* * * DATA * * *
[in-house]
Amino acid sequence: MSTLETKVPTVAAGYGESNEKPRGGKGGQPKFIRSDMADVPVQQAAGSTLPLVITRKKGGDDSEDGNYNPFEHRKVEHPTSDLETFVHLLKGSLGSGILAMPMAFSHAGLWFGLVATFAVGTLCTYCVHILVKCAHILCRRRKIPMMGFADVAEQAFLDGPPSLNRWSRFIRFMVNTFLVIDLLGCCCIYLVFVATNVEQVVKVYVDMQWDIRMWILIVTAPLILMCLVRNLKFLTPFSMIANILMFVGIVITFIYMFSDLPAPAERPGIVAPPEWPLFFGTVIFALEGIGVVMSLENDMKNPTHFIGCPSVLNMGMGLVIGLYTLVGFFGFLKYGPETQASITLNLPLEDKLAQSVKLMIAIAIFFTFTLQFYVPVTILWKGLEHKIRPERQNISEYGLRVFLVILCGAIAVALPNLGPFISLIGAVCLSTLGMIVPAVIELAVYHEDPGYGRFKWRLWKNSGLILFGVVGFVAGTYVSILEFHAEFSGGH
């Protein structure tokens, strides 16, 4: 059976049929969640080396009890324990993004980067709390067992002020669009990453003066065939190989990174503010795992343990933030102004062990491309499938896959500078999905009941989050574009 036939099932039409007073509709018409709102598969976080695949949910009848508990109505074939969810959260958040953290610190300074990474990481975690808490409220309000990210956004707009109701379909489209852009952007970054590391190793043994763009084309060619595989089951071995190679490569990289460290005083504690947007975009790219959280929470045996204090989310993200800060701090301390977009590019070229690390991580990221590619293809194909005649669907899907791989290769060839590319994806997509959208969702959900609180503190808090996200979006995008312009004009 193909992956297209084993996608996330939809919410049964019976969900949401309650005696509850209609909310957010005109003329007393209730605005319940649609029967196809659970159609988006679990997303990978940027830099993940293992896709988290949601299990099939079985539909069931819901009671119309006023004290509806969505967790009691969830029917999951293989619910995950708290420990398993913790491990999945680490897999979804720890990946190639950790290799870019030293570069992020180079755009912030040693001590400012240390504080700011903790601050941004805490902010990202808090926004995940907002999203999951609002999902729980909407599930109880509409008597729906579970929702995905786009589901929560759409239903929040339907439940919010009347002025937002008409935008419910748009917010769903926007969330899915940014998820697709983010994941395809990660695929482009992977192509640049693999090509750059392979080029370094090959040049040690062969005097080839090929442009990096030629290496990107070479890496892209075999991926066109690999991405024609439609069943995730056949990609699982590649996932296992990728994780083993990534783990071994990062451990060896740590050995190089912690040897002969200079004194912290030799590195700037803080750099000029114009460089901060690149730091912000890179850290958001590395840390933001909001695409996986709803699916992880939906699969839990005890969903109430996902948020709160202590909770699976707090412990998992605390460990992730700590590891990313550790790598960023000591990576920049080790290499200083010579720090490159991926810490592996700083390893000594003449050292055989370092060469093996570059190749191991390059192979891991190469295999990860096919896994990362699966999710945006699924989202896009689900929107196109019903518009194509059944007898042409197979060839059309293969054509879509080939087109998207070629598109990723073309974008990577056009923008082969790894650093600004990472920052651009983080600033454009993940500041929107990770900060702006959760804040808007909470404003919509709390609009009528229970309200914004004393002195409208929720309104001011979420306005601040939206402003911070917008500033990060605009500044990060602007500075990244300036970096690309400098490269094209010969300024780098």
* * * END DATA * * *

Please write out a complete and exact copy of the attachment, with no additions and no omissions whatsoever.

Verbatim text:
[in-house]
Amino acid sequence: MSTLETKVPTVAAGYGESNEKPRGGKGGQPKFIRSDMADVPVQQAAGSTLPLVITRKKGGDDSEDGNYNPFEHRKVEHPTSDLETFVHLLKGSLGSGILAMPMAFSHAGLWFGLVATFAVGTLCTYCVHILVKCAHILCRRRKIPMMGFADVAEQAFLDGPPSLNRWSRFIRFMVNTFLVIDLLGCCCIYLVFVATNVEQVVKVYVDMQWDIRMWILIVTAPLILMCLVRNLKFLTPFSMIANILMFVGIVITFIYMFSDLPAPAERPGIVAPPEWPLFFGTVIFALEGIGVVMSLENDMKNPTHFIGCPSVLNMGMGLVIGLYTLVGFFGFLKYGPETQASITLNLPLEDKLAQSVKLMIAIAIFFTFTLQFYVPVTILWKGLEHKIRPERQNISEYGLRVFLVILCGAIAVALPNLGPFISLIGAVCLSTLGMIVPAVIELAVYHEDPGYGRFKWRLWKNSGLILFGVVGFVAGTYVSILEFHAEFSGGH
């Protein structure tokens, strides 16, 4: 059976049929969640080396009890324990993004980067709390067992002020669009990453003066065939190989990174503010795992343990933030102004062990491309499938896959500078999905009941989050574009 036939099932039409007073509709018409709102598969976080695949949910009848508990109505074939969810959260958040953290610190300074990474990481975690808490409220309000990210956004707009109701379909489209852009952007970054590391190793043994763009084309060619595989089951071995190679490569990289460290005083504690947007975009790219959280929470045996204090989310993200800060701090301390977009590019070229690390991580990221590619293809194909005649669907899907791989290769060839590319994806997509959208969702959900609180503190808090996200979006995008312009004009 193909992956297209084993996608996330939809919410049964019976969900949401309650005696509850209609909310957010005109003329007393209730605005319940649609029967196809659970159609988006679990997303990978940027830099993940293992896709988290949601299990099939079985539909069931819901009671119309006023004290509806969505967790009691969830029917999951293989619910995950708290420990398993913790491990999945680490897999979804720890990946190639950790290799870019030293570069992020180079755009912030040693001590400012240390504080700011903790601050941004805490902010990202808090926004995940907002999203999951609002999902729980909407599930109880509409008597729906579970929702995905786009589901929560759409239903929040339907439940919010009347002025937002008409935008419910748009917010769903926007969330899915940014998820697709983010994941395809990660695929482009992977192509640049693999090509750059392979080029370094090959040049040690062969005097080839090929442009990096030629290496990107070479890496892209075999991926066109690999991405024609439609069943995730056949990609699982590649996932296992990728994780083993990534783990071994990062451990060896740590050995190089912690040897002969200079004194912290030799590195700037803080750099000029114009460089901060690149730091912000890179850290958001590395840390933001909001695409996986709803699916992880939906699969839990005890969903109430996902948020709160202590909770699976707090412990998992605390460990992730700590590891990313550790790598960023000591990576920049080790290499200083010579720090490159991926810490592996700083390893000594003449050292055989370092060469093996570059190749191991390059192979891991190469295999990860096919896994990362699966999710945006699924989202896009689900929107196109019903518009194509059944007898042409197979060839059309293969054509879509080939087109998207070629598109990723073309974008990577056009923008082969790894650093600004990472920052651009983080600033454009993940500041929107990770900060702006959760804040808007909470404003919509709390609009009528229970309200914004004393002195409208929720309104001011979420306005601040939206402003911070917008500033990060605009500044990060602007500075990244300036970096690309400098490269094209010969300024780098």